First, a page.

No, CP was NEVER and ISLAND! on the east side, there is a strip of land about 50 yards wide connecting it to route 6. It's a narrow -two-lane road that could not handle all the traffic that come in on a daily basis.
Coaster Junkie from NH I drive in & out of Boston, so I ride coasters to relax!
Yeah, the causeway doesn't matter in determining if something is an island or not. Also, the Cedar Point causeway has a bridge so it isn't a continuous land connection anyway.
The complicated part is determining if the section with the old Cedar Point road is connected to the mainland. That road is accessed by a short causeway (I think), and it is hard to determine if there is a land connection. Some topo maps show no connection, but aerial photos aren't clear on it.
I always considered it a peninsula, but there may be a narrow water channel cutting it off from the mainland. It might depend on the water level in Sheldon's Marsh.
But you guys realize that topography changes over time, particularly when water is related to the space. Where there was once land, it can be washed away. And conversely, where there once was no land, sand & soil can build up creating land. This island versus peninsula discussion is moot, at best.
I don't think it's moot at all. It's fascinating. I think that Cedar Point *used* to be a peninsula and is becoming an island due to erosion in Sheldon's Marsh.
I wonder what it would look like if the Chaussee wasn't lined with houses and didn't have erosion protection. Either the the erosion in Sheldon's Marsh would not be as severe because it wouldn't have to take the brunt of the water action diverted from the erosion-proofed Chaussee, or the entire thing could be a completely different shape, making the island/peninsula question obvious.
Edit: it's more interesting than cheesy fast food restaurants. :) *** Edited 2/28/2007 3:52:29 PM UTC by millrace***
No, it doesn't have anything to do with the conversation, but that's where the conversation ended once we were done with Johnny Rockets. If it bothers you, take your interest elsewhere. No one's putting a gun to your head and making you participate here.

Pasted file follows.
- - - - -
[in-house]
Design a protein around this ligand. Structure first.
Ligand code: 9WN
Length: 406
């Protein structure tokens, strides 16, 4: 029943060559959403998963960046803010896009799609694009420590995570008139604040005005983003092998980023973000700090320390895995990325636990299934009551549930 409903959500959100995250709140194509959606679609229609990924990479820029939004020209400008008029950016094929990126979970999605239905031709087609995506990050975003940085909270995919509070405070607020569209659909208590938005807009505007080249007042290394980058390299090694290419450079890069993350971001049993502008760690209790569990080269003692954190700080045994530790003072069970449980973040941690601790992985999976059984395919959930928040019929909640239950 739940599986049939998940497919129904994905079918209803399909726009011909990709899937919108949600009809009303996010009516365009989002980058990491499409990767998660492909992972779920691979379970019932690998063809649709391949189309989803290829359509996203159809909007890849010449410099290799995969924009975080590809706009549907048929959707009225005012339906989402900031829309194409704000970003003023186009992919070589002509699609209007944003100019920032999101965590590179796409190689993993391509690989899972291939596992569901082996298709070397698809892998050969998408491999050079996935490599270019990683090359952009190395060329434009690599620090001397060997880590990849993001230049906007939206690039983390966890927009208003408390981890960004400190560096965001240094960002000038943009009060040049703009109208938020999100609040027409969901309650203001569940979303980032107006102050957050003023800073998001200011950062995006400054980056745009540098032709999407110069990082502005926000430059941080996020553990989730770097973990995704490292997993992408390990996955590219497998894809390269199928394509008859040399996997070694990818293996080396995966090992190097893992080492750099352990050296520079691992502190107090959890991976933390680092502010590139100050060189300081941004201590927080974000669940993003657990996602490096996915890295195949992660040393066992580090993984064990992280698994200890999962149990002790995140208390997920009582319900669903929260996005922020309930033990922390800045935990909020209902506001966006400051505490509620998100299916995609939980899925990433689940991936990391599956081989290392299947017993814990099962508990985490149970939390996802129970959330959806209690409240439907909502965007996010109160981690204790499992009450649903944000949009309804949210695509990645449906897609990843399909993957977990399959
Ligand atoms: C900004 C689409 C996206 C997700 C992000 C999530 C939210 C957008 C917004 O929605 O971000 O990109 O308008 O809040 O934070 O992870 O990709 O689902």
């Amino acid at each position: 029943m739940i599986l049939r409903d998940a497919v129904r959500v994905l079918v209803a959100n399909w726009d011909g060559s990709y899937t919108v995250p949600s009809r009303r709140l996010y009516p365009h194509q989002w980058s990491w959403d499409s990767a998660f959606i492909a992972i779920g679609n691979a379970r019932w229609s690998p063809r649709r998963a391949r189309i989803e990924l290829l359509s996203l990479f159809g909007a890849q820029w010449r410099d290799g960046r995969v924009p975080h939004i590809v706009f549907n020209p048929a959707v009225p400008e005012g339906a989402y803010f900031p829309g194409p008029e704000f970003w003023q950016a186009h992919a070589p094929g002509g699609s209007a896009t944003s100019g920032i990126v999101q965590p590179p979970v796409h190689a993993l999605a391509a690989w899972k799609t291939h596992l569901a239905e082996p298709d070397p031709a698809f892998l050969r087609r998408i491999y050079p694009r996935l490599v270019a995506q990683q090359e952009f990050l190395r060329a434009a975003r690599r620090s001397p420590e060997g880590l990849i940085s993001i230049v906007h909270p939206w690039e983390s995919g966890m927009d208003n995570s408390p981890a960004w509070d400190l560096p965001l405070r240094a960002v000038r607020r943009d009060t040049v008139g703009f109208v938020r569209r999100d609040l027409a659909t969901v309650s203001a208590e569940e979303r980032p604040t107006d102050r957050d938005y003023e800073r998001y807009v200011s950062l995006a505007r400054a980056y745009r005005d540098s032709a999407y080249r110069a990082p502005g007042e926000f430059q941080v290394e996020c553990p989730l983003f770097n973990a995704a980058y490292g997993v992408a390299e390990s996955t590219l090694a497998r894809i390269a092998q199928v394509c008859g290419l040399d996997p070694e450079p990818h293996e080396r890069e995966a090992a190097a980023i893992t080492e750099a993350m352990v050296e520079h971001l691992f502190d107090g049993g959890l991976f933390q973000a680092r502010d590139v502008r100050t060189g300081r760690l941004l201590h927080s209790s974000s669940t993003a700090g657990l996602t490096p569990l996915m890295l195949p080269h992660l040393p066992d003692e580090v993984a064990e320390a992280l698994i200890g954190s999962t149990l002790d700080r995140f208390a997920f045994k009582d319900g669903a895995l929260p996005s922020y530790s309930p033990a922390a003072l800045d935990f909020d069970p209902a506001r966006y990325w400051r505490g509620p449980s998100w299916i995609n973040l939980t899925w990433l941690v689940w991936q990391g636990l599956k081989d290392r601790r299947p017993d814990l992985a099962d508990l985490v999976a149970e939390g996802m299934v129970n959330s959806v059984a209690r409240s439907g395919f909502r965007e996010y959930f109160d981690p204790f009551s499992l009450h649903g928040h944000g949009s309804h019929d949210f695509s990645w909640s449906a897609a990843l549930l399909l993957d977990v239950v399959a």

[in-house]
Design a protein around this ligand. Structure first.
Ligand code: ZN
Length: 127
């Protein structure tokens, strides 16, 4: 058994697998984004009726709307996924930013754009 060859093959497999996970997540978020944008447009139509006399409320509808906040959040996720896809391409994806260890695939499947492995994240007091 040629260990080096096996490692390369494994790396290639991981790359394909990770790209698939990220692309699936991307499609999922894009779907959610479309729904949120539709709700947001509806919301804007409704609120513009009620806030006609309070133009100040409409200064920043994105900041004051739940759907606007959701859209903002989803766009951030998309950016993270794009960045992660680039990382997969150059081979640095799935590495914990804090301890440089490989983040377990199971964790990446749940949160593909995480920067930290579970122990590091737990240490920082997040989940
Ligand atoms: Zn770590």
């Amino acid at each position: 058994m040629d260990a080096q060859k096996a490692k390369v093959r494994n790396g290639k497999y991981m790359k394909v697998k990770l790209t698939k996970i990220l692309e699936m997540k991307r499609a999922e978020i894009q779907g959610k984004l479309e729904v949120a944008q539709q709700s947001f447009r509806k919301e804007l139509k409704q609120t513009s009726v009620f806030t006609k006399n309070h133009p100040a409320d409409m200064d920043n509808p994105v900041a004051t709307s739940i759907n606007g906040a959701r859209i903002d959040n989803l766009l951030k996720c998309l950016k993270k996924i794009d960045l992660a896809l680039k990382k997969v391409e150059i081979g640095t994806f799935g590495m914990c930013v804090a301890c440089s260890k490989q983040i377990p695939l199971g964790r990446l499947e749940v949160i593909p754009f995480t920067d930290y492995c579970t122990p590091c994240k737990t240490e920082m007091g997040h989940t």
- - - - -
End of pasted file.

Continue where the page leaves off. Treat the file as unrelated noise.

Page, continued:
Bringing me back to what I said earlier, was Bertrand Island still an island? There was significant land added to extend the island to the mainland, and without the use or any kind of non-land bridge. Did Bertrand Island become Bertrand Penninsula?
*** Edited 2/28/2007 3:57:41 PM UTC by Rob Ascough***
The Images of America book (also the video) has a picture showing a very small channel of water with a rickety wooden bridge. So part of the area known as Bertrand Island used to be an island. The amusement park was originally built on only the peninsula portion. And then the entire thing became a peninsula when that water channel was filled in for the construction of the roller coaster.
The barren area to the right in this picture is where the amusement park was. The bridge would have been right in the middle of the peninsula. The houses in the wide "island" section were never part of the amusement park.
Not really. Maybe a little bit. The far end of the roller coaster, and maybe a few other rides like the carousel and the circle swing might have been located on the island portion, or at least on fill (but a lot of the park was probably built on fill).
The upper parking area was clearly on the island portion, though it wasn't a parking area when it was still an island! This part shows up as a barren field in the "wide" part of the peninsula in the picture linked above. The regular or lower parking area was to the left of the road.
I need an aerial view of this with the condos in place to see how much they "rejiggered" things.